October 14, 2019

Farmers’ Markets much more than fresh food, fun and fantastic finds

An article by Vinita Kinra (@VinitaKinra)

Summer is not only the perfect time of the year for Torontonians—and Canadians in general—to relish the outdoors by entertaining in patios and backyards with a gazebo nearby, or cooling off in a pool after a sweaty run or jog in the trails, but a magical time to savour the bounty of edible nature. Fresh produce abounds in warm months of this frigid part of the world, and not taking advantage of this generous profusion is akin to missing out on luxurious offerings we will have to await patiently for another year.

The incredible bonanza of farmers’ markets infiltrates almost all neighbourhoods of the city, giving us the opportunity to eat fresh local food; all while connecting with people that grow it with much love and care. Patrons can be seen walking to such venues pulling shopping carts on wheels, biking with an empty backpack to store the week’s groceries, or parking at a lot nearby with recyclable handbags to stow away in the car upon return.

If you haven’t budgeted ahead of time, you might discover at home that you spent way more money than you had planned for—the choices are so enticing. Fruit lovers stress over what to buy and what to leave behind: there are strawberries and blueberries, peaches and plums; and if the summer has just begun, ripe cherries are simply irresistible. Now, for veggies: mushrooms of all sizes and varieties, radishes, leeks, beets, carrots, spring onions, okra, yellow and green zucchini and so much more. Meat lovers scratch their heads over ethically raised meat and halal meat; staunch seafood buffs can’t complain with the selection of oysters and fish sandwiches on display. And did we forget the sweet tooth here? Not to fret. The canopies housing fragrant pies stuffed with fresh apple filling invite you with the unmistakable cinnamon scent, and the homemade pastries with liberal dollops of whipped cream topped with a cherry or pineapple wedge are impossible to resist. Tarts and savoury patties are also on the menu.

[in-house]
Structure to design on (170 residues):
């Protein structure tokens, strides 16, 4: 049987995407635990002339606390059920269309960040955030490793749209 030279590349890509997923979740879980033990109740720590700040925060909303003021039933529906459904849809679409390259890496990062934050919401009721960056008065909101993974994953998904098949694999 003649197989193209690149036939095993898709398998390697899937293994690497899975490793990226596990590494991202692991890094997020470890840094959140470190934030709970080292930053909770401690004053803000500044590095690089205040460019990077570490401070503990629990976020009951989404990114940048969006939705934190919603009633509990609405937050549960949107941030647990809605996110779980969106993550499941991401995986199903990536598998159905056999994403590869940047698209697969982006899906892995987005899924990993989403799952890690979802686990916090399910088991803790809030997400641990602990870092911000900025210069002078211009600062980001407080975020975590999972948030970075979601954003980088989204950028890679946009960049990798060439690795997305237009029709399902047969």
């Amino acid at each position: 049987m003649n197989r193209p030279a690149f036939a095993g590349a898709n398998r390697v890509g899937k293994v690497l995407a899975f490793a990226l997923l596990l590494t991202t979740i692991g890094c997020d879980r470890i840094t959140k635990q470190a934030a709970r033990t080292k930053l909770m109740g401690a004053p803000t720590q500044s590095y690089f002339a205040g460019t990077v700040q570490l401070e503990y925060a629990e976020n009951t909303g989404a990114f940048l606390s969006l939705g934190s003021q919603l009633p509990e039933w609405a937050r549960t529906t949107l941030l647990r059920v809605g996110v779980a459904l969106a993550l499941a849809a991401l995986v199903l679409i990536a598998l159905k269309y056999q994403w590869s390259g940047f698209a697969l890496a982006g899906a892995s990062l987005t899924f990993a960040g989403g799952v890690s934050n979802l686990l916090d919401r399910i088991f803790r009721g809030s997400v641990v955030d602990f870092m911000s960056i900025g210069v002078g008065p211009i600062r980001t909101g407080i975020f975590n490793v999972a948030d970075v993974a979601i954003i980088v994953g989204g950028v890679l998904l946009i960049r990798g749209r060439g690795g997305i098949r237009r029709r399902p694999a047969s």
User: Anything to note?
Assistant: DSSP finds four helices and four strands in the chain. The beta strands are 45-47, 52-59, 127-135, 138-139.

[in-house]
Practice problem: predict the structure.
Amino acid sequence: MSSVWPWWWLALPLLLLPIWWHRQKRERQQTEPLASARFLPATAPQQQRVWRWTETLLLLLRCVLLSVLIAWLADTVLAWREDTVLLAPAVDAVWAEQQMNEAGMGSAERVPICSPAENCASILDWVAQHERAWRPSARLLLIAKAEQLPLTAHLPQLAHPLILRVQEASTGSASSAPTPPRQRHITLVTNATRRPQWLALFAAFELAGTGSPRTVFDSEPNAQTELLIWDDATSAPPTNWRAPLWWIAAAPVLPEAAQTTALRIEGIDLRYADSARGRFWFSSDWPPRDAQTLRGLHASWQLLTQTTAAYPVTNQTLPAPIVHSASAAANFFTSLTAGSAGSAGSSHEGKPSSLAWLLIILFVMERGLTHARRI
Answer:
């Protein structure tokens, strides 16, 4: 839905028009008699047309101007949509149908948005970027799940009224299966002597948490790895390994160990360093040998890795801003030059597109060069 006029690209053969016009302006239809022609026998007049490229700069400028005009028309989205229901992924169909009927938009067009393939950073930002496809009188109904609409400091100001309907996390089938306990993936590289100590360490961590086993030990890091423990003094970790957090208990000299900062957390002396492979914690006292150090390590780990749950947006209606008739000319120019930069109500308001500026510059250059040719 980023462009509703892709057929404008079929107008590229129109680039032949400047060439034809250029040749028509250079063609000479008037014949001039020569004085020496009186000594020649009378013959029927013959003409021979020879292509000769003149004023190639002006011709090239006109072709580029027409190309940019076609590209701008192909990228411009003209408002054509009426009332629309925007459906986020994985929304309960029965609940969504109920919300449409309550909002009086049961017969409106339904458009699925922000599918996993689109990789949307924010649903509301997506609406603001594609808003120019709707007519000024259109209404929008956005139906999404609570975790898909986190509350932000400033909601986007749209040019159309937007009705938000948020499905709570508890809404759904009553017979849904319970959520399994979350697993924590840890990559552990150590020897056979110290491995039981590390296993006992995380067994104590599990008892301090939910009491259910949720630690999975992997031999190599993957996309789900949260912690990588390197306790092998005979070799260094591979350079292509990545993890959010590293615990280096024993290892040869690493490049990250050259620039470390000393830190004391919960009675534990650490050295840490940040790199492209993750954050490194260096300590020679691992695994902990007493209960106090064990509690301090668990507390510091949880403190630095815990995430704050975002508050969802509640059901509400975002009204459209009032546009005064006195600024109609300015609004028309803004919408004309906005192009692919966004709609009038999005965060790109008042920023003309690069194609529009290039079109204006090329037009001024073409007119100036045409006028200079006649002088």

By now, you have probably drifted to the canopy sheltering herbs and health foods like thyme, basil, mint, oregano, rosemary or sage; essential oils; honey and so much more! This is when the foot-tapping music wafting from a concert tent nearby has lured you to join the street party where dozens are swaying to catchy beats of jazz and country favourites from singers sporting cowboy hats, guitars and a very engaging conduct. You mimic the steps the crowd is shaking a leg on, shout “Encore!” when they finish, and remain put until you feel the urgency to refuel again.

Food trucks are a good choice if you don’t mind the guilty pleasure of poutine or ice-cream, but if you have resolved to make this day your stellar “health food day,” you might be better off with fresh-baked oven pizza or a vegan sandwich. Yes, I understand: the choice of a healthy dessert is always tough, so go for a gluten-free pecan tart and wash everything down with vintage wine or apple cider.

The only time you look at your watch is when you notice vendors loading up their cartons with leftover items in the back of their trucks or cars. Most farmers’ markets wrap up business by 2 or 3 in the afternoon, which is when you rack your brains to think if you forgot to buy something. Of course, the purchase could wait until next week (farmers’ markets are usually held once a week, mostly on weekends).

In a tizzy, you scan the makeshift jewelry stall selling earrings and necklaces made from seashells, stones and beads. A thought flashes through your mind, and you rush to the flower vendor to buy a dazzling bouquet of roses, tulips and sunflowers for your loved one who was too lazy to join you in this indescribably fulfilling excursion.

Vinita Kinra is a Toronto-based author, editor, speaker and activist, best known for her short story collection, Pavitra in Paris, launched to critical acclaim in 2013. 


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